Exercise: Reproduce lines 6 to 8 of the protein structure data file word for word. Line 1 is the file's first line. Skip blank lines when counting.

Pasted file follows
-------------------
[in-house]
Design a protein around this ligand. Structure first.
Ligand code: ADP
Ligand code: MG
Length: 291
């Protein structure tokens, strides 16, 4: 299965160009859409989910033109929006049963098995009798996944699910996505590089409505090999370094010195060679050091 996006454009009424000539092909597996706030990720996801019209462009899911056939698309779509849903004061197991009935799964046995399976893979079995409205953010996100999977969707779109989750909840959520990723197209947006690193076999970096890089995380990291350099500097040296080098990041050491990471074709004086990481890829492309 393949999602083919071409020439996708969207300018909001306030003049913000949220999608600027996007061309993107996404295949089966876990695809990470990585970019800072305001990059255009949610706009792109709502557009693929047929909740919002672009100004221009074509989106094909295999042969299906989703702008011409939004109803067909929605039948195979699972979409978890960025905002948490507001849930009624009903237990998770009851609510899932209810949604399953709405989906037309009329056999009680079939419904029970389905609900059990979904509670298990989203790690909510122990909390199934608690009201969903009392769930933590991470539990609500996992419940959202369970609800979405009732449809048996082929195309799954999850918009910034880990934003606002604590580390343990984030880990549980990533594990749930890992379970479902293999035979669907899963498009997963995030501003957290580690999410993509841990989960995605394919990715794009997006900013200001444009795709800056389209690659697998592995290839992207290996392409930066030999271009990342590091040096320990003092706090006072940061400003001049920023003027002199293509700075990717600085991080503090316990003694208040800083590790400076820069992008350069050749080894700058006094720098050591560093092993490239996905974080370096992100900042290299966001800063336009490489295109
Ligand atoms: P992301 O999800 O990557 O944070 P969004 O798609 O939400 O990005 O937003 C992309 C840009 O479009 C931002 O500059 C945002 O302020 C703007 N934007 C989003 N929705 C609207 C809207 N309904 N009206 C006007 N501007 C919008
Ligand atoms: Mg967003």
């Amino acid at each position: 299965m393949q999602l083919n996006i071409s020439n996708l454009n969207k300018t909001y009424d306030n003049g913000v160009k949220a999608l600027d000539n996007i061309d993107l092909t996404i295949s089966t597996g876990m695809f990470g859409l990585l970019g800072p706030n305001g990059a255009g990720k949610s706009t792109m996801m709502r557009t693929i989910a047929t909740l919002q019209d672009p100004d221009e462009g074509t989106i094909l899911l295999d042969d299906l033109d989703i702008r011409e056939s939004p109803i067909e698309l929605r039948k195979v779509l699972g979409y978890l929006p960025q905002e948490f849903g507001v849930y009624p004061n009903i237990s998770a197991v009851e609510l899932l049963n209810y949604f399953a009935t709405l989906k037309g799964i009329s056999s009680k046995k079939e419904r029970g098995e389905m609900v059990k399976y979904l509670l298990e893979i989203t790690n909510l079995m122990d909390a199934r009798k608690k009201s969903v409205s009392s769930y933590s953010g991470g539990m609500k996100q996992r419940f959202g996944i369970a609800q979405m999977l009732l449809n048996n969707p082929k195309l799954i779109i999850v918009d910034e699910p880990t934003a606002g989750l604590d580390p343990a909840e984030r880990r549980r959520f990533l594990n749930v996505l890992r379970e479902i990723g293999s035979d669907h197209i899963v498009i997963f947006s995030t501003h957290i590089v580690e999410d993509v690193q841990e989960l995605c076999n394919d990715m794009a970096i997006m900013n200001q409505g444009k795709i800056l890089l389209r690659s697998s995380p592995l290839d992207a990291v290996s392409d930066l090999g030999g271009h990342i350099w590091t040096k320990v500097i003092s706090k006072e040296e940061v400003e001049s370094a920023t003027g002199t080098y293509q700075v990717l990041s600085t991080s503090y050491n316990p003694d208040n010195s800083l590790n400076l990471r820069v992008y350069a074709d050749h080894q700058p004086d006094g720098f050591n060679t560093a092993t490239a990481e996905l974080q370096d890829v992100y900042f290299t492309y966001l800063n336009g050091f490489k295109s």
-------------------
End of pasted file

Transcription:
């Protein structure tokens, strides 16, 4: 299965160009859409989910033109929006049963098995009798996944699910996505590089409505090999370094010195060679050091 996006454009009424000539092909597996706030990720996801019209462009899911056939698309779509849903004061197991009935799964046995399976893979079995409205953010996100999977969707779109989750909840959520990723197209947006690193076999970096890089995380990291350099500097040296080098990041050491990471074709004086990481890829492309 393949999602083919071409020439996708969207300018909001306030003049913000949220999608600027996007061309993107996404295949089966876990695809990470990585970019800072305001990059255009949610706009792109709502557009693929047929909740919002672009100004221009074509989106094909295999042969299906989703702008011409939004109803067909929605039948195979699972979409978890960025905002948490507001849930009624009903237990998770009851609510899932209810949604399953709405989906037309009329056999009680079939419904029970389905609900059990979904509670298990989203790690909510122990909390199934608690009201969903009392769930933590991470539990609500996992419940959202369970609800979405009732449809048996082929195309799954999850918009910034880990934003606002604590580390343990984030880990549980990533594990749930890992379970479902293999035979669907899963498009997963995030501003957290580690999410993509841990989960995605394919990715794009997006900013200001444009795709800056389209690659697998592995290839992207290996392409930066030999271009990342590091040096320990003092706090006072940061400003001049920023003027002199293509700075990717600085991080503090316990003694208040800083590790400076820069992008350069050749080894700058006094720098050591560093092993490239996905974080370096992100900042290299966001800063336009490489295109
Ligand atoms: P992301 O999800 O990557 O944070 P969004 O798609 O939400 O990005 O937003 C992309 C840009 O479009 C931002 O500059 C945002 O302020 C703007 N934007 C989003 N929705 C609207 C809207 N309904 N009206 C006007 N501007 C919008
Ligand atoms: Mg967003």